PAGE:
Monday, August 8, 2016

Proposing to Hire Incumbents at Lower Wages? - Be Prepared to Demonstrate Price Realism

A recent bid protest decision handed down by the Comptroller General sustained the incumbent contractors appeal that the Government did not evaluate the realism of the awardee's pricing. The awardee had proposed to hire incumbent employees at lower compensation levels than they were currently earning. The Government should have looked into the matter - especially since the solicitation stated that price realism would be considered.

The Department of Veterans Affairs issued a solicitation to provide out-patient services in Pennsylvania. There were four evaluation factors - the least important was "price". Evaluation criteria for "price"included price realism, explained as follows:
Realism is evaluated by assessing the compatibility of proposed costs with proposal scope and effort. For cost (price) to be realistic, it must reflect what it would cost the offeror to perform the effort if the offeror operates with reasonable economy and efficiency. Proposals unrealistically high or low in price, when compared to the Government estimate, and market conditions evidence by other competitive proposals received, may be indicative of an inherent lack of understanding of the solicitation requirements and may result in proposal rejection without discussion.
Valor Healthcare was the incumbent on the program. Award was made to Sterling Medical who's $17.5 million bid was almost nine percent lower than Valor's. Valor alleged that the VA failed to evaluate the realism of Sterling's pricing in accordance with the terms of the solicitation. And, Valor was correct. The Comptroller General agreed. There was nothing in the record to show that a price realism assessment occurred.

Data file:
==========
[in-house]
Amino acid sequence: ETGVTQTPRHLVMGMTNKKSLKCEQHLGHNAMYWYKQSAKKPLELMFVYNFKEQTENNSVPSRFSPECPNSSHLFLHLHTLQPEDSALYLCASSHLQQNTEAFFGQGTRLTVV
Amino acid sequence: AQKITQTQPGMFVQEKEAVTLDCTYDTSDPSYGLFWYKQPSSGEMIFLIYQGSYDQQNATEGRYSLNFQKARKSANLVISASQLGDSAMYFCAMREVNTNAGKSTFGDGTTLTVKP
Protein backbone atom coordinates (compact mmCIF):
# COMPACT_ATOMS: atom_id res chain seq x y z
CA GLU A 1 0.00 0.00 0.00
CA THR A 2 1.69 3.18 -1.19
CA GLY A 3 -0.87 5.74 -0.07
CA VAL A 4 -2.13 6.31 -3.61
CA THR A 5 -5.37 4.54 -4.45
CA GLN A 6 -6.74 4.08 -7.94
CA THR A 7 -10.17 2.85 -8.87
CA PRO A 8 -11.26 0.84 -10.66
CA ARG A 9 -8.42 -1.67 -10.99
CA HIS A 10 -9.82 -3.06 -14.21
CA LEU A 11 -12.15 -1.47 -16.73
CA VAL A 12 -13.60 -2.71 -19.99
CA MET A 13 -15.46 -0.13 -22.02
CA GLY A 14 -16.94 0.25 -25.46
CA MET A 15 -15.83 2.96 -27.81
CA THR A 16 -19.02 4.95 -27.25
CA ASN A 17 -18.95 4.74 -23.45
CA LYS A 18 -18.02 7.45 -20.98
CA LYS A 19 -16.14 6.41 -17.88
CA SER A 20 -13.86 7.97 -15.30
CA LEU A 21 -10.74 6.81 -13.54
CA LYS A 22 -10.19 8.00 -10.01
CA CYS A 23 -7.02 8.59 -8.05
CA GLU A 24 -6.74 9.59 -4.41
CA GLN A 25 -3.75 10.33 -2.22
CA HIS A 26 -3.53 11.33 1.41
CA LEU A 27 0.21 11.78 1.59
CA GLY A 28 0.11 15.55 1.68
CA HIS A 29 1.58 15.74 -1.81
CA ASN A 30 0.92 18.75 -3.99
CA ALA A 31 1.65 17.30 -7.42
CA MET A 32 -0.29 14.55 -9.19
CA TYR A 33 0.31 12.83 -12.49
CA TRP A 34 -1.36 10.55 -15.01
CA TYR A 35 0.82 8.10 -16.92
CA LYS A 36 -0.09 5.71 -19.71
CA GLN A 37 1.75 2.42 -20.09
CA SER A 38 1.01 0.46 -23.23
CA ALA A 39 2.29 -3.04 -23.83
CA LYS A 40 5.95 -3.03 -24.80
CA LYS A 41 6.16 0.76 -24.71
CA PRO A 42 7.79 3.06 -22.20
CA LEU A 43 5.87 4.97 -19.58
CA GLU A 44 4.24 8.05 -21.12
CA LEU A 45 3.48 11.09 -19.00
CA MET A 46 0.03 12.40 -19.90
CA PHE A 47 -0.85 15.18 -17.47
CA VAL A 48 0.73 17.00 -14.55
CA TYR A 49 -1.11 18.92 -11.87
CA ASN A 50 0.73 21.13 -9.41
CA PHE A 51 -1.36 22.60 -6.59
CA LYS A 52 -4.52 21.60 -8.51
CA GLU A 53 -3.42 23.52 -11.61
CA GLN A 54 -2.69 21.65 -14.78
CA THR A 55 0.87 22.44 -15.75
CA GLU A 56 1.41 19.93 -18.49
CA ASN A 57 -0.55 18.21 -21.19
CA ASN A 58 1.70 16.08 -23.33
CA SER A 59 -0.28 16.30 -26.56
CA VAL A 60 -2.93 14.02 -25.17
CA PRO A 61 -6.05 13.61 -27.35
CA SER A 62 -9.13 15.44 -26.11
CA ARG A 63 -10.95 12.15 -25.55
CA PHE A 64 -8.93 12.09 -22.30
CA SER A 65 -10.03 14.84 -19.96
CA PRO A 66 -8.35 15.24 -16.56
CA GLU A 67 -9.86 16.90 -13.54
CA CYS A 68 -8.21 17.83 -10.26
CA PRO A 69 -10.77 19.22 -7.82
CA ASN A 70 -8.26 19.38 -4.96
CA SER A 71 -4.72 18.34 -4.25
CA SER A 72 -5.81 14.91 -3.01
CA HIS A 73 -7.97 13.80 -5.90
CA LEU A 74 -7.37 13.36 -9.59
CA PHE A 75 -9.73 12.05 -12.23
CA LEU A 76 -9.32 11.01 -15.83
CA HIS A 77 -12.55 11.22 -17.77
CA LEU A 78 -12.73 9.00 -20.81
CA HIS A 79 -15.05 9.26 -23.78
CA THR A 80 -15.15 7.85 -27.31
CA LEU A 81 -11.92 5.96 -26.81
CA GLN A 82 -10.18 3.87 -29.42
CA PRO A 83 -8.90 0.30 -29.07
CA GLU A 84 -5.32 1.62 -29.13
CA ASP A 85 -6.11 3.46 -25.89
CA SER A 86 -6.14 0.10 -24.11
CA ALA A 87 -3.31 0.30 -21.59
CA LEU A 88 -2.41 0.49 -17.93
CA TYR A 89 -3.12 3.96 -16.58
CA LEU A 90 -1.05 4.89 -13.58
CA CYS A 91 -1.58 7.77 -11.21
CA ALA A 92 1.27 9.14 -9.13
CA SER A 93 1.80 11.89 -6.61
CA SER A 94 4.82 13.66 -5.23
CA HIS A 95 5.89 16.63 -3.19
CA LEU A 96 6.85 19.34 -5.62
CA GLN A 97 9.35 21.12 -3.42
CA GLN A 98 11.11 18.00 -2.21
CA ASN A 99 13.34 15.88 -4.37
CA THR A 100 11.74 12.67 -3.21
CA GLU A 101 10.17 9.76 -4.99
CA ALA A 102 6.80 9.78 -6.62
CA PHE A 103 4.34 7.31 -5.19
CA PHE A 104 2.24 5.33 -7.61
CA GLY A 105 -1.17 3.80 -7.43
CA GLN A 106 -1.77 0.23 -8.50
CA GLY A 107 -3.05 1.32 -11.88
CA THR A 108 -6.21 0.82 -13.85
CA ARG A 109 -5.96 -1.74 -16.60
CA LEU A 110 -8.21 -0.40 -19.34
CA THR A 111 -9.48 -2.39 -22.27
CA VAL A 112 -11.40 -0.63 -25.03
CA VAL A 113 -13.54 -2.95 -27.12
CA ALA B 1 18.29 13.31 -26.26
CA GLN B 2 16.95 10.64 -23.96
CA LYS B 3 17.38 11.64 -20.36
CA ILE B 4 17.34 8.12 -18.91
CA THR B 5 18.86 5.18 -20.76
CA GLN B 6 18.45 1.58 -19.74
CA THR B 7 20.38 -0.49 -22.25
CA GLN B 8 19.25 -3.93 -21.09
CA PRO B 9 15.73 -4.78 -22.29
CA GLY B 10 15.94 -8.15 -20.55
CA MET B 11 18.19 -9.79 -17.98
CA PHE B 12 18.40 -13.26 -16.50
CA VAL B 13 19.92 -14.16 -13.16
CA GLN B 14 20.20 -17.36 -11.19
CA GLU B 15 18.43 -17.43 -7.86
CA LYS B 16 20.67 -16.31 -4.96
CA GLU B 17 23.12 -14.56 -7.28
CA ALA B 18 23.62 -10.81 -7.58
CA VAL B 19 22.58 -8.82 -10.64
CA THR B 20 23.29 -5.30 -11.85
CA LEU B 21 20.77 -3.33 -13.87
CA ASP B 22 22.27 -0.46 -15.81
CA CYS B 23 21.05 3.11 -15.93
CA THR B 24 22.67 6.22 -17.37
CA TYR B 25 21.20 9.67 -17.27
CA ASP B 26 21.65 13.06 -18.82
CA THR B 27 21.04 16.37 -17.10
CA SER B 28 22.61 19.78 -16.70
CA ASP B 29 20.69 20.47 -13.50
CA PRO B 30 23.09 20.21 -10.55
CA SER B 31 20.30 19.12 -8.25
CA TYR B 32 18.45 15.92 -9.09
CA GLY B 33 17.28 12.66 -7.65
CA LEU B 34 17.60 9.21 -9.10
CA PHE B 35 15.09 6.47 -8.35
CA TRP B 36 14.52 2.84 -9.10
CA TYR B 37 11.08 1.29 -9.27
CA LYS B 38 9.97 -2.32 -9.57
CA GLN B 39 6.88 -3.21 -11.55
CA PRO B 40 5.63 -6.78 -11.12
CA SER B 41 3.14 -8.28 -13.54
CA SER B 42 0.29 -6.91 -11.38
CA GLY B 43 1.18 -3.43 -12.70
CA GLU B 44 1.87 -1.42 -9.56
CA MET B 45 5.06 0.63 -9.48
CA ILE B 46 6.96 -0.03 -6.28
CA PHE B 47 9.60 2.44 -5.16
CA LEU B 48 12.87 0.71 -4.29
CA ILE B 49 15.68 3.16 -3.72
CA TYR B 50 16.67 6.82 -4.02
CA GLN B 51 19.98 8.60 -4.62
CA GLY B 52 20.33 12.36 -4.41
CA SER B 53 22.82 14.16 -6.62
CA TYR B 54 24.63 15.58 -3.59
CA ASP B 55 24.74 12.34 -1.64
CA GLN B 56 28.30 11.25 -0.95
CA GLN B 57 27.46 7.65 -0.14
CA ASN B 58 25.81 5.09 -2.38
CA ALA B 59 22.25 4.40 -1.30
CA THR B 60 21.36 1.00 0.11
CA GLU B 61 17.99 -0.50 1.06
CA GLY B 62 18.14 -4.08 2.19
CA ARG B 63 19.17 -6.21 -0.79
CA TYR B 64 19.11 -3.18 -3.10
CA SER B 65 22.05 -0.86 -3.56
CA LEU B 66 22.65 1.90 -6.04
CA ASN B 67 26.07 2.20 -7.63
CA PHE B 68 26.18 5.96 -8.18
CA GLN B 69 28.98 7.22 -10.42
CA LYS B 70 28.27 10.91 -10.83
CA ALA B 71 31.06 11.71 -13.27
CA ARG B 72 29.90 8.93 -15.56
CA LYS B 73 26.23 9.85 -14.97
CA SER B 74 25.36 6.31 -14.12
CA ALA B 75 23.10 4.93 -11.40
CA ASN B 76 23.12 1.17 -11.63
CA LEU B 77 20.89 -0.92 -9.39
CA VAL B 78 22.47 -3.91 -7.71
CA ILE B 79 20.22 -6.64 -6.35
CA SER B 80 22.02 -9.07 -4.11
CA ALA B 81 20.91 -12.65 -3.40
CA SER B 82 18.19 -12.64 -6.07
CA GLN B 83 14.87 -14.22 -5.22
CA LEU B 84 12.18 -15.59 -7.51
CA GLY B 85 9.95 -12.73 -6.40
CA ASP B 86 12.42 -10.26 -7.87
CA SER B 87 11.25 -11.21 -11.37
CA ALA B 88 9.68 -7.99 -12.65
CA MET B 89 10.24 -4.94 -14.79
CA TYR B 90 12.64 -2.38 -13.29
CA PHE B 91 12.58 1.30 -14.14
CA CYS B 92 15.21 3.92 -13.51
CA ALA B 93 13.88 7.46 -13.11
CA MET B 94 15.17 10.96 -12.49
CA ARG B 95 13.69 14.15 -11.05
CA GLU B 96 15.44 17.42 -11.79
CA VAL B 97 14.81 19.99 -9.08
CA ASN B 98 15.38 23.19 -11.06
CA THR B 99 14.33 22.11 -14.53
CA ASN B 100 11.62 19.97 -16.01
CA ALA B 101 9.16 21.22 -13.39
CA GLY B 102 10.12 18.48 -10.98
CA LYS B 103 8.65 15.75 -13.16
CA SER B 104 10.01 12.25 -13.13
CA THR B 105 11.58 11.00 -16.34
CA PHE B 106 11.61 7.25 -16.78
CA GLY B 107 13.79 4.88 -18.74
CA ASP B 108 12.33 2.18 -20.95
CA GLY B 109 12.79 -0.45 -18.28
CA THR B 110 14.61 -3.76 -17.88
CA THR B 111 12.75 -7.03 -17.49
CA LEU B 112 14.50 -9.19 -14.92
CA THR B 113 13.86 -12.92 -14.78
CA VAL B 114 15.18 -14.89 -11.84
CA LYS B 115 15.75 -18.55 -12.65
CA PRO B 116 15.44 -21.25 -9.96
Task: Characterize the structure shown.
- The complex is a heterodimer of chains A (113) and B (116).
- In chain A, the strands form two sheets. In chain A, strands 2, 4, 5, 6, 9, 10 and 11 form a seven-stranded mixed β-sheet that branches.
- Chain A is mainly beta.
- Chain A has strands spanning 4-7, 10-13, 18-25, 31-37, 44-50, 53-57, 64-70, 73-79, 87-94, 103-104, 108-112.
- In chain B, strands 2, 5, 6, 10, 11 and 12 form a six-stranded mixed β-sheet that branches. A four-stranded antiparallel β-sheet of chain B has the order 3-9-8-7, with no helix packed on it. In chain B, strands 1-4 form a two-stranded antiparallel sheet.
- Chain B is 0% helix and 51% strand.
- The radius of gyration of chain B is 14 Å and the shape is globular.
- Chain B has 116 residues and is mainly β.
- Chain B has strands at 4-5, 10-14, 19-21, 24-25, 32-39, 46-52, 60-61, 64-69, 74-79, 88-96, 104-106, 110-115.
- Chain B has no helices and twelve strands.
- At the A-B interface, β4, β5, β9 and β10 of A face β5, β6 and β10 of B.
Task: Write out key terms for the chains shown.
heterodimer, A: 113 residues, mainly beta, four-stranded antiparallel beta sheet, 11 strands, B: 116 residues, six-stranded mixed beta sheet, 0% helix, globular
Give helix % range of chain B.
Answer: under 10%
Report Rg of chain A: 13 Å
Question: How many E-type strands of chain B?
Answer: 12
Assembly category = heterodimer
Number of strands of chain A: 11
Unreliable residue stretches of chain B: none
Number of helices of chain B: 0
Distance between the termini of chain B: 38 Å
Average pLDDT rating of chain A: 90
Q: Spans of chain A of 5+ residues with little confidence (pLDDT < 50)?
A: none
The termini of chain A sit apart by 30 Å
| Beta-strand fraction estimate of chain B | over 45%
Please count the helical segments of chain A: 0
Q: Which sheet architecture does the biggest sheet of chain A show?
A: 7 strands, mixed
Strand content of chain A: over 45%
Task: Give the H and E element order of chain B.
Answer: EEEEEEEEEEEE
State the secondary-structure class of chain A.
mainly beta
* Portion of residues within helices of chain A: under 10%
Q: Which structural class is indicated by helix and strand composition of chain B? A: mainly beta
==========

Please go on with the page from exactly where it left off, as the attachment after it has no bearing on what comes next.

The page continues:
Valor maintained that if the VA had evaluated Sterling's pricing for realism, the firms pricing would have been found unrealistic and/or a risk would have been ascribed to the firm's technical approach. Since Sterling was proposing to utilize the incumbent employees at much lower cost, Valor contended that the VA should have considered the risk that Sterling would be unable to recruit the necessary talent and staff to perform at the required level.

The Comptroller General found that neither the contemporaneous record, nor the contracting officer’s post hoc assertions, provides a basis for it to conclude that the VA evaluated the realism of Sterling’s pricing in a way that was consistent with the terms of the solicitation. Moreover, the record shows that there is at least one area of Sterling's proposal that raises an obvious price realism concern. Specifically, the record shows that the VA understands the majority of Sterling's proposed staffing candidates to be serving under Valor's incumbent contract. Yet, Sterling's price show Sterling's labor costs to be significantly below Valor's.

The Comptroller General sustained Valor's appeal. You can read the entire decision here.

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